Secondly, Underdeveloped Europe’s geographic perspective helps us understand the European Union’s relationship with external nations. It is no coincidence that those countries that are peripheral within Europe are also those countries closest to the continents of Africa and Asia. Their geographical position has a dual role; firstly, the core uses these countries as a buffer against migrants. The Dublin Accord which enshrined in law that the country of arrival is responsible for migrants placed additional pressures on countries of the periphery like Spain, Portugal, Italy, and Greece. Secondly, it helps to explain why these peripheral countries would decide to join the European Union: inclusion in such a club may stop those countries from falling into the global periphery (which is different to the European periphery) though “at the cost of structural dependence”.20Dudley Seers, Bernard Schaffer, and Marja-Liisa Kiljunen, eds. Underdeveloped Europe: studies in core-periphery relations. No. 1. (Harvester Press, 1979), xviii Peripheral European countries can still attract migrants from poorer countries, ensuring there is enough cheap labour, while they themselves lose migrants to the core. Underdeveloped Europe helps us understand the contradictory process whereby there are internal contradictions inside the European Union, though externally the institution works as a unified whole to defend its shared interests.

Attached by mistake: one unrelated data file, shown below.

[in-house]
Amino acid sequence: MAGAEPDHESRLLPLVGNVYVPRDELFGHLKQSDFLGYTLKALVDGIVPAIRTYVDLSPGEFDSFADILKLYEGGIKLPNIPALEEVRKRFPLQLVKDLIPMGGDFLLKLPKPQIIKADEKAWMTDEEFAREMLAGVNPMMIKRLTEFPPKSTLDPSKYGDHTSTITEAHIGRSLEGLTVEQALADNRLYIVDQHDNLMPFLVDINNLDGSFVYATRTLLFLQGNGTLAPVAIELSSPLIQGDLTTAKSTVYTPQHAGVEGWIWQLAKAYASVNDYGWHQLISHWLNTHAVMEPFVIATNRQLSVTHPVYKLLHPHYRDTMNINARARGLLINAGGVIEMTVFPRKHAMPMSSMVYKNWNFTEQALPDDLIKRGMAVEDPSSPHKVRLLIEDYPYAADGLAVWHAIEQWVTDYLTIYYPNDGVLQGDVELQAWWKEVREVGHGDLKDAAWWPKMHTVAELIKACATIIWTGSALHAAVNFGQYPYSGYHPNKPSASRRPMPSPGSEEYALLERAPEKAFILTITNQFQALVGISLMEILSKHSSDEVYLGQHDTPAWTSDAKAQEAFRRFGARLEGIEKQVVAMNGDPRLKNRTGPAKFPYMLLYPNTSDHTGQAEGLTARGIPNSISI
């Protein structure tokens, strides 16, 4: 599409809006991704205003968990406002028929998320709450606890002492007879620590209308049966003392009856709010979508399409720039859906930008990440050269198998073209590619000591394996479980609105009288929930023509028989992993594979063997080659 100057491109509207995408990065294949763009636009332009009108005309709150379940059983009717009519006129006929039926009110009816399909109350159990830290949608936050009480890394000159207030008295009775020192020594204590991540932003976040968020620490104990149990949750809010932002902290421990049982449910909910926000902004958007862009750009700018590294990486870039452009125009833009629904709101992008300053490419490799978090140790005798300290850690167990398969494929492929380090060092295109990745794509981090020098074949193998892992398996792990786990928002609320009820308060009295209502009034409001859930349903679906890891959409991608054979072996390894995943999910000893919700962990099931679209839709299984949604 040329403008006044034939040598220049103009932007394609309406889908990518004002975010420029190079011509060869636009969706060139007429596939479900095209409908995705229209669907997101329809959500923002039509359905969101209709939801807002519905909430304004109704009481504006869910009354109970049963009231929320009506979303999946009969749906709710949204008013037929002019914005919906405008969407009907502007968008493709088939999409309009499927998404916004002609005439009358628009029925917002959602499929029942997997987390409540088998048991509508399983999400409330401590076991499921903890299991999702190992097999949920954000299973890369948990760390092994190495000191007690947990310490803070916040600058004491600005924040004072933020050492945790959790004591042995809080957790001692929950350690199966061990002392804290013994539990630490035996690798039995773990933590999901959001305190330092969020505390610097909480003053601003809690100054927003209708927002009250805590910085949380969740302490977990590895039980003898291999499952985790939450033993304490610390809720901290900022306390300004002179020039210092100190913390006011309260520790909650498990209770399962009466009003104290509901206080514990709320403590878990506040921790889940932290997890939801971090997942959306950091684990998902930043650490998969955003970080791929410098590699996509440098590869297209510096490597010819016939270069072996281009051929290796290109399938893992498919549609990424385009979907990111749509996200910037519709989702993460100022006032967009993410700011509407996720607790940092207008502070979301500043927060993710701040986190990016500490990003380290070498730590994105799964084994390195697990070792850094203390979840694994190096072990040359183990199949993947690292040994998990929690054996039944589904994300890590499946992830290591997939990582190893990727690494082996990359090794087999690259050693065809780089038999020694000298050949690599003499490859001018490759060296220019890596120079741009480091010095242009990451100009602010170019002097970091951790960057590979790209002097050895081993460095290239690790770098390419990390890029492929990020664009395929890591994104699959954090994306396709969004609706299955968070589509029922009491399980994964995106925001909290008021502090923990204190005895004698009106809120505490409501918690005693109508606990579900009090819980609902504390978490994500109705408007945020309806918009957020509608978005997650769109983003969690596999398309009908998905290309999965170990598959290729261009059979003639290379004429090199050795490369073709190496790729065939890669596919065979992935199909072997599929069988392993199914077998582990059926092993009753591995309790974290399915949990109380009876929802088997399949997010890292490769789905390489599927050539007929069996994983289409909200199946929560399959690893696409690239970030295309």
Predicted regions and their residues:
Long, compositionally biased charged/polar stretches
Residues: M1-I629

Dudley Seers unfortunately passed away in 1983 and was therefore unable to develop and expand on his work as it relates to more contemporary conditions. This I think has added to his work being underappreciated today. The second-hand copy of the book used for the purposes of writing this review was withdrawn from Oxford University after not having been issued in over 30 years; a fact that seems on one hand disquieting, yet somehow instructive of why we are in the malaise in which we find ourselves.
This book has many important insights for us today and helps us truly understand the role of the European Union as an institution, both internally and externally. However, perhaps the most important contribution this book made was its understanding that the answer to many of our problems can be found outside of Europe, exemplified by it taking the theories of Latin American Dependency Theorists as its starting point. This book is truly special because it breaks away from a western and Anglo-centric worldview which is rife in many of our universities, in our politicians and in our society. It is a book that I suggest all those interested in understanding the European system more fully to read.
Samuel Parry is an Associate Editor of Peace, Land, and Bread, a peer-reviewed, scholarly journal of revolutionary theory and practice. He is a Ph.D. candidate in Political Economy at Cardiff University, where he studies the links between culture, geography and the economy through a Marxist lens to explain the peripherality of some European nations, namely his home of Wales. This work is researching the viability of using dependency and world-systems theory to explain the peripherality of regions at the edge of Europe and the role of the European Union in entrenching these inequalities.